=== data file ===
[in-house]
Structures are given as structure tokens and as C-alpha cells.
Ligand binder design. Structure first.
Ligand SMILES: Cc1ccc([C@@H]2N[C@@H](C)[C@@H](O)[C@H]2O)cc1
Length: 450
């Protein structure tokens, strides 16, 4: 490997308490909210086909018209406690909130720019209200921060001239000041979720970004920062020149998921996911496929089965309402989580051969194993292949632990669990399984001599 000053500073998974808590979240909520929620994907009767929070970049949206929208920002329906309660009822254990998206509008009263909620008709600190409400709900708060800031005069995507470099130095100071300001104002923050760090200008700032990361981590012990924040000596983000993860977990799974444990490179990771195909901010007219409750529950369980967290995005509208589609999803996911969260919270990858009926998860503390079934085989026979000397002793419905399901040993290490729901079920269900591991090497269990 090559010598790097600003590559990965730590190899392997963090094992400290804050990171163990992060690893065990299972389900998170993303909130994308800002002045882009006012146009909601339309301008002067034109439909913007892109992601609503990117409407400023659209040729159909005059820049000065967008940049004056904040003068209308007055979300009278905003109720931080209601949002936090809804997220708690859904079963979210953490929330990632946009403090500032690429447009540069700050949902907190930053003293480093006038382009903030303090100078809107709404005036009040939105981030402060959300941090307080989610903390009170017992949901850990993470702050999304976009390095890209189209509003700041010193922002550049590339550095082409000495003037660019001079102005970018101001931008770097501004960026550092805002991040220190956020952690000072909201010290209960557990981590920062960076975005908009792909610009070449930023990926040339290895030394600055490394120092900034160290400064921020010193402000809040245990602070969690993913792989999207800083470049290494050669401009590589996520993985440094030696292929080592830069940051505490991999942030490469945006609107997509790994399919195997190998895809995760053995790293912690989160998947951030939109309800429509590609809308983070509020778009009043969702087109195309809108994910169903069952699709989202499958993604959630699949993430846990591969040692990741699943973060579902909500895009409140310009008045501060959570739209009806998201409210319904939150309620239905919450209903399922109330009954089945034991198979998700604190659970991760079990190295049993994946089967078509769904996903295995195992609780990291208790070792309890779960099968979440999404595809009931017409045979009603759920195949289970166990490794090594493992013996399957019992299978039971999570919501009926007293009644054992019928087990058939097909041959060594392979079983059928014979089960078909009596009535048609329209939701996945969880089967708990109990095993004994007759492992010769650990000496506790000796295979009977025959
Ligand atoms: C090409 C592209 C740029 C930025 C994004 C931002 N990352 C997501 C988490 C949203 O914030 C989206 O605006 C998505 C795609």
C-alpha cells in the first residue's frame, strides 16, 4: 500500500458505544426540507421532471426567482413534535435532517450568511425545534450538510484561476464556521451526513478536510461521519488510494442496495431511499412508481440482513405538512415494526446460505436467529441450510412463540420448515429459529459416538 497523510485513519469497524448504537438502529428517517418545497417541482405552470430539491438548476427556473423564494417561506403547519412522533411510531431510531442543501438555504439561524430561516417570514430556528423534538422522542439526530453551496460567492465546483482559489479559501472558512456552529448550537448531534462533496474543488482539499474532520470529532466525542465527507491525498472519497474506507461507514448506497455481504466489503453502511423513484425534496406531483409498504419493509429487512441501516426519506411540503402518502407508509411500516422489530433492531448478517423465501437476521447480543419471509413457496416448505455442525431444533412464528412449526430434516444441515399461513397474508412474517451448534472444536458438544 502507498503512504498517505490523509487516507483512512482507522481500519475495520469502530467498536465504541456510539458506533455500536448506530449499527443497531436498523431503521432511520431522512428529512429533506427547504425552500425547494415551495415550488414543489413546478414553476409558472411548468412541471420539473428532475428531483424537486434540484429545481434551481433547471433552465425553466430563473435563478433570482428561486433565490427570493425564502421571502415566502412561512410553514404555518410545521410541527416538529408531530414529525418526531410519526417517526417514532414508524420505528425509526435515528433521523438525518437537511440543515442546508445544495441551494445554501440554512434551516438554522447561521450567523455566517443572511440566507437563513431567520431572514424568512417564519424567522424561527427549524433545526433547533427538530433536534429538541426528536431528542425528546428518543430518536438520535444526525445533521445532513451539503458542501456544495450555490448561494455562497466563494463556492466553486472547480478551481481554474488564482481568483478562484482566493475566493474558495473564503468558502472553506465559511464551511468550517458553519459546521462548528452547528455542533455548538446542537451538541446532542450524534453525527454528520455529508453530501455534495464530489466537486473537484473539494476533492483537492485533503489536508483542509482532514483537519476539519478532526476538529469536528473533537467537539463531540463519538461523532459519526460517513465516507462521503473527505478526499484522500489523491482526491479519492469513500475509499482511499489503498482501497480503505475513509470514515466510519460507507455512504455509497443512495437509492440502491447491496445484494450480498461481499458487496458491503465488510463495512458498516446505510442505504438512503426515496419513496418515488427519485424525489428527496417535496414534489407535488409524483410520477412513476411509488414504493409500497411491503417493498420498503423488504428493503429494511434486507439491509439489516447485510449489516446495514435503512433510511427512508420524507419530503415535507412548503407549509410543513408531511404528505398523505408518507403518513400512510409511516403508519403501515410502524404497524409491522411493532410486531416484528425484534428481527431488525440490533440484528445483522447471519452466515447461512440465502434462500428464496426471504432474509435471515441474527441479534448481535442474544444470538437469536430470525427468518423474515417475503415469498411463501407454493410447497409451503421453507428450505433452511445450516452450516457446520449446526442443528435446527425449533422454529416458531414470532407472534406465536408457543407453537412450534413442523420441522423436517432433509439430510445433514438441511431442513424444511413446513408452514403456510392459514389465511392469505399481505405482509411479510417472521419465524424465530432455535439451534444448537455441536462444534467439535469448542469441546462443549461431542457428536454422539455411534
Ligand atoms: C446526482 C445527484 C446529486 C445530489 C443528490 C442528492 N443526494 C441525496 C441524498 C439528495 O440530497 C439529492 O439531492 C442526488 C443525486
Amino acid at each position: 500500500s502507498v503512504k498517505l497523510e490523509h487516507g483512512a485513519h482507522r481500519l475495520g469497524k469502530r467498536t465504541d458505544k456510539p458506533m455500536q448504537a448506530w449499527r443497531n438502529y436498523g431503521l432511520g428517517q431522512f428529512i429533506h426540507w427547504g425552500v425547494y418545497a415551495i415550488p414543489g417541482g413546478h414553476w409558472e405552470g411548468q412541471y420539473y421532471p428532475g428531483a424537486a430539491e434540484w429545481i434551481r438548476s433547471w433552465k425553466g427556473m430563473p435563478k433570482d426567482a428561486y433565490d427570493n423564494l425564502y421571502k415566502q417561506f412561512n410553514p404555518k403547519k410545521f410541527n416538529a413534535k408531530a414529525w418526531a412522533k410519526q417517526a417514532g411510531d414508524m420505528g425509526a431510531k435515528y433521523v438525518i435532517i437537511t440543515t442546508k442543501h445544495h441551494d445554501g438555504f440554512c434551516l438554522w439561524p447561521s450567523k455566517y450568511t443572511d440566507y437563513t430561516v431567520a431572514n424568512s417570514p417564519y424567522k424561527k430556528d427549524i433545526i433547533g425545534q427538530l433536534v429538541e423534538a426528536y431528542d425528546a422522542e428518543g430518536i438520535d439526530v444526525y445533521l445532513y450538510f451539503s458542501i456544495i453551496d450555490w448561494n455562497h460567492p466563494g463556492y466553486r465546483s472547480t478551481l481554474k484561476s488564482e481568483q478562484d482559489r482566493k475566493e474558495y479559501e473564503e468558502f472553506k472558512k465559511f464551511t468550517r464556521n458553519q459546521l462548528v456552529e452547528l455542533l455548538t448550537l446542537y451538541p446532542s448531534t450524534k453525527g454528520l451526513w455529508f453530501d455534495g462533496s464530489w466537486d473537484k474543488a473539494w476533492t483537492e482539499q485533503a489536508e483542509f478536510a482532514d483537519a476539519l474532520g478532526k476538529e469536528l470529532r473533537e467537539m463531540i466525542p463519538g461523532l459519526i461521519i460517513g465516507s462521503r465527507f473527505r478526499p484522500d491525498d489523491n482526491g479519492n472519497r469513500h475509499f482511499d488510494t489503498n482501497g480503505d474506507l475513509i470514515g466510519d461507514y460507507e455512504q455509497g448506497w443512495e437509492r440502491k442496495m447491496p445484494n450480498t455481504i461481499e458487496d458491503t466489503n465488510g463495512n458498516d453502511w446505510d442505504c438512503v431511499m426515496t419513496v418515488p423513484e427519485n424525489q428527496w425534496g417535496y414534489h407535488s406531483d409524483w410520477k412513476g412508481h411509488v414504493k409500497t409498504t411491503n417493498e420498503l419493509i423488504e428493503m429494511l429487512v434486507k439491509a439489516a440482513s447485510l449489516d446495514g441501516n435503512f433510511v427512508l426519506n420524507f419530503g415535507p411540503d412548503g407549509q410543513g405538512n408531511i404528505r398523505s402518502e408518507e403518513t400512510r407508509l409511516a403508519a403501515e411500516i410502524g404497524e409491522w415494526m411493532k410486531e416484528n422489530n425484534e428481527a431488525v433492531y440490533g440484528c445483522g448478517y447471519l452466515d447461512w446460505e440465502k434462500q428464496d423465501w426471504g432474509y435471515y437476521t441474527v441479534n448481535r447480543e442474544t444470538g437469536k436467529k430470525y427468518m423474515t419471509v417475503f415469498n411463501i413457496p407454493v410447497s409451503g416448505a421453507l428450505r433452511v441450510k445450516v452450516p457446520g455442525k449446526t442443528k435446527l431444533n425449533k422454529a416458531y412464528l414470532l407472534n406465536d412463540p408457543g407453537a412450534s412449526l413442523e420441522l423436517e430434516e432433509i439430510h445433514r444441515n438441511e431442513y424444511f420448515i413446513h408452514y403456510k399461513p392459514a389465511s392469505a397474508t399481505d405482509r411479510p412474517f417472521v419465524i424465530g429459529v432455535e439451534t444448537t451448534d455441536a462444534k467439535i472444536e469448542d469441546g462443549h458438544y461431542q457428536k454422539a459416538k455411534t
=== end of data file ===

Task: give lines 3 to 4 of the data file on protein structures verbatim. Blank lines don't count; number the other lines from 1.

Ligand binder design. Structure first.
Ligand SMILES: Cc1ccc([C@@H]2N[C@@H](C)[C@@H](O)[C@H]2O)cc1